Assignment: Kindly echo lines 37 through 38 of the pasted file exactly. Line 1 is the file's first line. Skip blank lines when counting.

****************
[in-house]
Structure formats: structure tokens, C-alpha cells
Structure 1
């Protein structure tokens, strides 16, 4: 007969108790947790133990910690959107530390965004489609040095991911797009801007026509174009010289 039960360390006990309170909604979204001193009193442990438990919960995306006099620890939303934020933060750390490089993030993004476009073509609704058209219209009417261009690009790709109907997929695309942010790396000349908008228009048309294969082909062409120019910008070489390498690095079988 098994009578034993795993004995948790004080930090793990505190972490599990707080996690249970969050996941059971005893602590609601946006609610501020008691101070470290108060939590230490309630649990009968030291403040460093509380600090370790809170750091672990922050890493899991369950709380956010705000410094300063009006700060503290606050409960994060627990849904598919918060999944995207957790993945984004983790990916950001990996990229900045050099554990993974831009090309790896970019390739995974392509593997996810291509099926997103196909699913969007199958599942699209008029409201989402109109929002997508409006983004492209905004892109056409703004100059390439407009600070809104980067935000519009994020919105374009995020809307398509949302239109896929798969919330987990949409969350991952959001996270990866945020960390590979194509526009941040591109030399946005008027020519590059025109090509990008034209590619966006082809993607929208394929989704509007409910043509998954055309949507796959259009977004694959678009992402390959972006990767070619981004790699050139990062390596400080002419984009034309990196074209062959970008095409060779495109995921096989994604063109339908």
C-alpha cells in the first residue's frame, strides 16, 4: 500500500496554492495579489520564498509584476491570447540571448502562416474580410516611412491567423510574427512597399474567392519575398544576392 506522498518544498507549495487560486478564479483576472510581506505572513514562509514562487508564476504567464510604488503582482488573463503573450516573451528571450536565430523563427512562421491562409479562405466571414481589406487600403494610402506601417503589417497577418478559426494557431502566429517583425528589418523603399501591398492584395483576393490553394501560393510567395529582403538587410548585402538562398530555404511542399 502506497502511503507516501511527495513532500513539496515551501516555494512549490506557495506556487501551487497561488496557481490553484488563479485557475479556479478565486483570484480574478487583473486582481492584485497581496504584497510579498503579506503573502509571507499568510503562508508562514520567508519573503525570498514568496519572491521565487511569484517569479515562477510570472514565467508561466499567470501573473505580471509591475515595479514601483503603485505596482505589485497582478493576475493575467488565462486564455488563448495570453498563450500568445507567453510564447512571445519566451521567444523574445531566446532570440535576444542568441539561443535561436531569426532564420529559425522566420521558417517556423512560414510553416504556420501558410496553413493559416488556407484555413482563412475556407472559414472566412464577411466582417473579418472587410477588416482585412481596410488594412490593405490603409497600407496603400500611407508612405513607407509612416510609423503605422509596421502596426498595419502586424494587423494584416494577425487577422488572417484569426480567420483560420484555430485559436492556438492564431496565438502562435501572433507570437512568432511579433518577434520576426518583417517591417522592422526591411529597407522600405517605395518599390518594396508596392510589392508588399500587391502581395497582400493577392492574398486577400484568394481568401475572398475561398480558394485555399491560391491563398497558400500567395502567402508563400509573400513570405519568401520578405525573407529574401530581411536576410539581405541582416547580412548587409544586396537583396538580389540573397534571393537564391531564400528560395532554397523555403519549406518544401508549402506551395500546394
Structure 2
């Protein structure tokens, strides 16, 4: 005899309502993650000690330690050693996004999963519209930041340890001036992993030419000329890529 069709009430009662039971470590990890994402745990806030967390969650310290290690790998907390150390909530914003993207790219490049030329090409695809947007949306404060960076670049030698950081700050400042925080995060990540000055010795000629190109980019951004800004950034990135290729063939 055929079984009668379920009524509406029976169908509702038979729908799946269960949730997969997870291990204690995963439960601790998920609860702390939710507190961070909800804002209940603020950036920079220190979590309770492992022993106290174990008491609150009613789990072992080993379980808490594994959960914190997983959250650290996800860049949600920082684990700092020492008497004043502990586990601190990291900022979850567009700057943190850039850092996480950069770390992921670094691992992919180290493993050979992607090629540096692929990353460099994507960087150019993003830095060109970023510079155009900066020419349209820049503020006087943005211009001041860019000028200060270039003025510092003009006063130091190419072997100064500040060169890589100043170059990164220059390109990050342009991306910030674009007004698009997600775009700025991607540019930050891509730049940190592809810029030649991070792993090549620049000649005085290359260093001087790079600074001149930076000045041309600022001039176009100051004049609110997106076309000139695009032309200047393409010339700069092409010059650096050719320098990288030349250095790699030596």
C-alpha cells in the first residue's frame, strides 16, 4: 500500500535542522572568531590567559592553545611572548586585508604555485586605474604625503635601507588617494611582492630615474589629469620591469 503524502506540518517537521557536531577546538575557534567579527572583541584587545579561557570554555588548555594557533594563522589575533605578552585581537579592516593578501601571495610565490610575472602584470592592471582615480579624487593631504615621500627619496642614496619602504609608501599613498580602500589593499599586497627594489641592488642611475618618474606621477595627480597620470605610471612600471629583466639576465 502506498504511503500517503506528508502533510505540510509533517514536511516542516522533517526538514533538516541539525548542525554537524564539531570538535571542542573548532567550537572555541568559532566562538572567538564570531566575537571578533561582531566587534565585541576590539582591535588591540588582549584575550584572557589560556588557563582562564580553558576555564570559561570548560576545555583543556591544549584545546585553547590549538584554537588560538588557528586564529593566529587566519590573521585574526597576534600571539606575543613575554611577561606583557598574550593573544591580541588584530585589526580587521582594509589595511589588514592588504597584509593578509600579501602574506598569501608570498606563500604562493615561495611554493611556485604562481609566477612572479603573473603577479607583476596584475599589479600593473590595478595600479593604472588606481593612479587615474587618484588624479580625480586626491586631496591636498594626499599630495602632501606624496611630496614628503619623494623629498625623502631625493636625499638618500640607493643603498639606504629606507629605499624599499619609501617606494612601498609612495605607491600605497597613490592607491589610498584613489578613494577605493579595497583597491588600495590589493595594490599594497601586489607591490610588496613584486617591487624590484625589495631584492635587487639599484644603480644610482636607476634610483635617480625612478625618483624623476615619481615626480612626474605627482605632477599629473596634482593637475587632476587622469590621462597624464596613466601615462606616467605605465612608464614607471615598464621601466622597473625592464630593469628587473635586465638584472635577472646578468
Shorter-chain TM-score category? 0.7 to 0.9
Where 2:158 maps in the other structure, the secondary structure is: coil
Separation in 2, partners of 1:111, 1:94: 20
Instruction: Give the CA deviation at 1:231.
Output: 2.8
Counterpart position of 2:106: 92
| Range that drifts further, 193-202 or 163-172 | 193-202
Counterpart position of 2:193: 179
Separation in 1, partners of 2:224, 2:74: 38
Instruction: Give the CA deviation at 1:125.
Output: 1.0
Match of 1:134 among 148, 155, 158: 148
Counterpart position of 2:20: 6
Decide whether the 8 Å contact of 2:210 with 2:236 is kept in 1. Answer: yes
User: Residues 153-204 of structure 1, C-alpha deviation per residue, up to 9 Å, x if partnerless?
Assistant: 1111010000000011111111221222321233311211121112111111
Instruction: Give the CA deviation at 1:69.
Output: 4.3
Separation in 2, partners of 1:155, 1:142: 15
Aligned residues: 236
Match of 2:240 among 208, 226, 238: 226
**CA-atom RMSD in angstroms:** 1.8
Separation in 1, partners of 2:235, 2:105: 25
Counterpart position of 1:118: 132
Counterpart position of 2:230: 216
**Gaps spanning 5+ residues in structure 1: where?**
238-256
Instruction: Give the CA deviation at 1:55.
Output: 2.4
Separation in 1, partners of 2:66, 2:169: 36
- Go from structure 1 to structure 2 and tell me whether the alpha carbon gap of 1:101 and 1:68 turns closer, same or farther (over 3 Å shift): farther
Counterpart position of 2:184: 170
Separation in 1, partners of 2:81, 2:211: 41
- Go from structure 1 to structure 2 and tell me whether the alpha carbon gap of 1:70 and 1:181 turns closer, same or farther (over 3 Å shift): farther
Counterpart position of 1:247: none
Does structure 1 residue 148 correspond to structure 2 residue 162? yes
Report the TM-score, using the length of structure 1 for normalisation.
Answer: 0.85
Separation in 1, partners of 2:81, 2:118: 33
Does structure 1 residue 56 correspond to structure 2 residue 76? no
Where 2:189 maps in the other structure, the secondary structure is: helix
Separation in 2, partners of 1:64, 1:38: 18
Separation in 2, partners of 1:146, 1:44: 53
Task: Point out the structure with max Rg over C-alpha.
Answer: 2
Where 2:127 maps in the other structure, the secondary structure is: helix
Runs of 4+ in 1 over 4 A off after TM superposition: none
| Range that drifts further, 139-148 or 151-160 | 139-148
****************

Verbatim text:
Output: 2.4
Separation in 1, partners of 2:66, 2:169: 36